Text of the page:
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# 19 Behavior of Resonance and RLC Circuits

Lab partners

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II. Introduction
RLC circuit can incorporate similar knowledge as that of RC in studying its response to
sinusoidal voltage. Majority of RLC circuits’ applications apply resonance frequencies as shown
in the figure.

The figure above has a source of sinusoidal voltage which brought the difference between part I
lab and this part II lab. The potential of sinusoidal voltage is given as:
VS=V0 Cos ωt where ω could be varied. From the above diagram, a difference occurs in that the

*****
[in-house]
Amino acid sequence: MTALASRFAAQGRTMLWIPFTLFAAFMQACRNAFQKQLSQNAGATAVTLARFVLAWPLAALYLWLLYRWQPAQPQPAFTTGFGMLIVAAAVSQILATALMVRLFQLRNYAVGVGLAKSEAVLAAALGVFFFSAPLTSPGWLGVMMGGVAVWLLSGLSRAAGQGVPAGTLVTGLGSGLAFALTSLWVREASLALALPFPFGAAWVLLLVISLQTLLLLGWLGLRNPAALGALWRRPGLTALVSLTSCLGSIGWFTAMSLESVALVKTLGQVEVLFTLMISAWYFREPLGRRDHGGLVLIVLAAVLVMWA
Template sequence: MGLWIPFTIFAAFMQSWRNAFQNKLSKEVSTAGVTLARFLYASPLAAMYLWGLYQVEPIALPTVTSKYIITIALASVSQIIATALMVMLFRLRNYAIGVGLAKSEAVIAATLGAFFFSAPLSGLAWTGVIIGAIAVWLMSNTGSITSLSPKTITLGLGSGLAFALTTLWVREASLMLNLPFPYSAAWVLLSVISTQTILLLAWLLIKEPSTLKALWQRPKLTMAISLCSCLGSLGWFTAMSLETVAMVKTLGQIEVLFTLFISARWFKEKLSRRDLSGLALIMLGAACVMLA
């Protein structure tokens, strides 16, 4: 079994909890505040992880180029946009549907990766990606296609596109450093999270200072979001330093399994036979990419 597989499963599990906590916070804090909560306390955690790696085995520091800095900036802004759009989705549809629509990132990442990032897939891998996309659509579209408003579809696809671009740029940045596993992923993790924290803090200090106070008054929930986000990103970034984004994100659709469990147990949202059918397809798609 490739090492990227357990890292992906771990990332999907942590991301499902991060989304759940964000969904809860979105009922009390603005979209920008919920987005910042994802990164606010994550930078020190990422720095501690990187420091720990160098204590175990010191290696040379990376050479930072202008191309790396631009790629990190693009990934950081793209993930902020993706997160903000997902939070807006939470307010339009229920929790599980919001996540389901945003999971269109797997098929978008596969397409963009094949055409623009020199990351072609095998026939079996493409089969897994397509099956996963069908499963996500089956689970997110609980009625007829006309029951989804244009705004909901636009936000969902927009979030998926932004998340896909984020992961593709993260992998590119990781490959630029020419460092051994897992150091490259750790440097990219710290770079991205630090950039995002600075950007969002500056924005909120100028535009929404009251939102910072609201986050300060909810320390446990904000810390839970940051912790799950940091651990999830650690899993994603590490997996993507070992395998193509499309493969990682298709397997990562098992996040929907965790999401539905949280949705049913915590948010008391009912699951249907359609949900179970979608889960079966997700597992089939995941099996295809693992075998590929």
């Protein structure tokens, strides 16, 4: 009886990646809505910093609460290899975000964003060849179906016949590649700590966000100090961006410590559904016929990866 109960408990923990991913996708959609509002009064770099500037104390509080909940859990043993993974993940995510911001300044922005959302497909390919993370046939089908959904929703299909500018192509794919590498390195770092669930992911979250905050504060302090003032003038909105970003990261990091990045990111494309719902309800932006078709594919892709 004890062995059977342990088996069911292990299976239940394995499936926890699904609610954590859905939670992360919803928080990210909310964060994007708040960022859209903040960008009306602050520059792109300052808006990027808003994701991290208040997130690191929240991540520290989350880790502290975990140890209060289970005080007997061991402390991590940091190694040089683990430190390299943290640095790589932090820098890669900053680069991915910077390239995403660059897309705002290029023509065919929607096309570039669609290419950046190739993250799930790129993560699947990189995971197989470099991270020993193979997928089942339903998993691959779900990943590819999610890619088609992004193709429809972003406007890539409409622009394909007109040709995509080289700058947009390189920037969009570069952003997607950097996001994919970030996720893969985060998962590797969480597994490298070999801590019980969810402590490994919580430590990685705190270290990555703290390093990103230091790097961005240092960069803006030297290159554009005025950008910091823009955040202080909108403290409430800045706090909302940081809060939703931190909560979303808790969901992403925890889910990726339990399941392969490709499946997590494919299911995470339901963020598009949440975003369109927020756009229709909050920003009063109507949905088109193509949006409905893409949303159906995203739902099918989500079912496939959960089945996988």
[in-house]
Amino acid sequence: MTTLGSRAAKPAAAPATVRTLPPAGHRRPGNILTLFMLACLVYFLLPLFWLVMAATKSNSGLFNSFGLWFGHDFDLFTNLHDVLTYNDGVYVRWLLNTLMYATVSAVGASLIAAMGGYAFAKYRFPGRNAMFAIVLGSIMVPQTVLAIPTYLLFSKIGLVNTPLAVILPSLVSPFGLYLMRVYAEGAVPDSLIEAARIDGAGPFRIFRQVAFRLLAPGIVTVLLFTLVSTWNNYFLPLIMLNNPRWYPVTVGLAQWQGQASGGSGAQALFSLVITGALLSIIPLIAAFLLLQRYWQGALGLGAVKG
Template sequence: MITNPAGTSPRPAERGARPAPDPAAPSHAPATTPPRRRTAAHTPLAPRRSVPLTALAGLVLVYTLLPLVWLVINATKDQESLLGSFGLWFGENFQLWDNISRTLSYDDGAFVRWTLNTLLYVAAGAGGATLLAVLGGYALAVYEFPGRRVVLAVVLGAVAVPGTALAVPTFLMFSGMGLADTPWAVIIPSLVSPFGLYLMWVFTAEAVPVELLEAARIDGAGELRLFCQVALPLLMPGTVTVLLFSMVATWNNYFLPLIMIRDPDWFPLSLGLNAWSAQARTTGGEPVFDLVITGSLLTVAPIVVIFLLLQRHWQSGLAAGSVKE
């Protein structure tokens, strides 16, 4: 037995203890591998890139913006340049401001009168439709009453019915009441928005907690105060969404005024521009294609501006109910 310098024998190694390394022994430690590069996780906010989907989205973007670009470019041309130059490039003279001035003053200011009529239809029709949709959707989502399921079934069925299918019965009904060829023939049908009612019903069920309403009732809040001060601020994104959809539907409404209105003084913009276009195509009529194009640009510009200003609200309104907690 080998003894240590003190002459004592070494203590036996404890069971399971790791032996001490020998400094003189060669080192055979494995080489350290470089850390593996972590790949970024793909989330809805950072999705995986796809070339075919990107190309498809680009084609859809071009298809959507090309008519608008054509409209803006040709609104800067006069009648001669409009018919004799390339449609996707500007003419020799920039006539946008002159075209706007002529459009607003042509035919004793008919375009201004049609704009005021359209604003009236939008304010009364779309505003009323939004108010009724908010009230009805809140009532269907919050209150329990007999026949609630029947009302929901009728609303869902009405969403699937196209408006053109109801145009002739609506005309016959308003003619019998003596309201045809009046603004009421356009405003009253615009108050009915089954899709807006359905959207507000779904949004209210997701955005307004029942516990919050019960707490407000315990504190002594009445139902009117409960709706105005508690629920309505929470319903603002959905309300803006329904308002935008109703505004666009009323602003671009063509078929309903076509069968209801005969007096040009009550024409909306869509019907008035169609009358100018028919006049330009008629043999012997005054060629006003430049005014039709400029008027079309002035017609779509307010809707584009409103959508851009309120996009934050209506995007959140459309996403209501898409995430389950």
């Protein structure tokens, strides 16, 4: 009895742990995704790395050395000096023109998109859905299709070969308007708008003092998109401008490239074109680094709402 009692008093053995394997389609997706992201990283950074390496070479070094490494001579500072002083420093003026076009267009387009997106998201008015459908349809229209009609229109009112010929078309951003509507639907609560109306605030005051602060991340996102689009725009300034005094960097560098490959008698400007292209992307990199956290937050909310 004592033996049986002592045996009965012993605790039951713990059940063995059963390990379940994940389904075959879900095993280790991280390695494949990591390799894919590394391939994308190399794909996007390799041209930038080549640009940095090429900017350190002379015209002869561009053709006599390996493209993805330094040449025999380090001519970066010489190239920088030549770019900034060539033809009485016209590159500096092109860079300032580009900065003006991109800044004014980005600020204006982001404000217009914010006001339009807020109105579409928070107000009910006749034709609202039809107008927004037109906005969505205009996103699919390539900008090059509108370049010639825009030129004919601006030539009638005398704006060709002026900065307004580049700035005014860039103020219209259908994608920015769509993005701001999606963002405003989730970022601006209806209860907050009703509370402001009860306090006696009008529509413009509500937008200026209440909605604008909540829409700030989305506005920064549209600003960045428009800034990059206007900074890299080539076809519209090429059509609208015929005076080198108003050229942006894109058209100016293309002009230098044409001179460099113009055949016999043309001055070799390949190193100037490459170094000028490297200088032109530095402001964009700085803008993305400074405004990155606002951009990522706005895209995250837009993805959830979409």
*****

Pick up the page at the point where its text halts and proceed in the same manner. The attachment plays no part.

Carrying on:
right side no longer appears to be zero in response to none applied voltage but V0 Cos ωt given
as:
𝑑2 𝑄

L 𝑑𝑡 2 +R

𝑑𝑄 1

+ Q= V0 Cos ωt

𝑑𝑡 𝐶

The solution to the function above is a result of change in time of charge Q of the capacitor.to get
the solution for the function, it assumed that the results is sinusoidal with similar frequency to
that of the driving voltage but has a phase difference given as:
Q=Q0 Cos (ωt+ϕ)

3
Appropriate derivatives from the equation of sinusoidal voltage and the above expression are
used to determine Q0 and ϕ to make a solution. Cos (ωt+ϕ) and Sin (ωt+ϕ) functions are
expanded using sum formulas so that coefficients vanish when Sin ωt and Cos ωt are collected.
Solving the above functions yields these two equations:
𝑅

Tanϕ=𝜔𝐿−1/𝜔𝐶 Eq. 19.4&

Q0= -

𝑉0 𝑆𝑖𝑛 ϕ
𝜔𝑅

Eq. 19.5

The equation for Tanϕ indicates that its values are negative and very small at very low
frequencies such that ϕ is a negative and small angle while Sin ϕ≈0. Accor...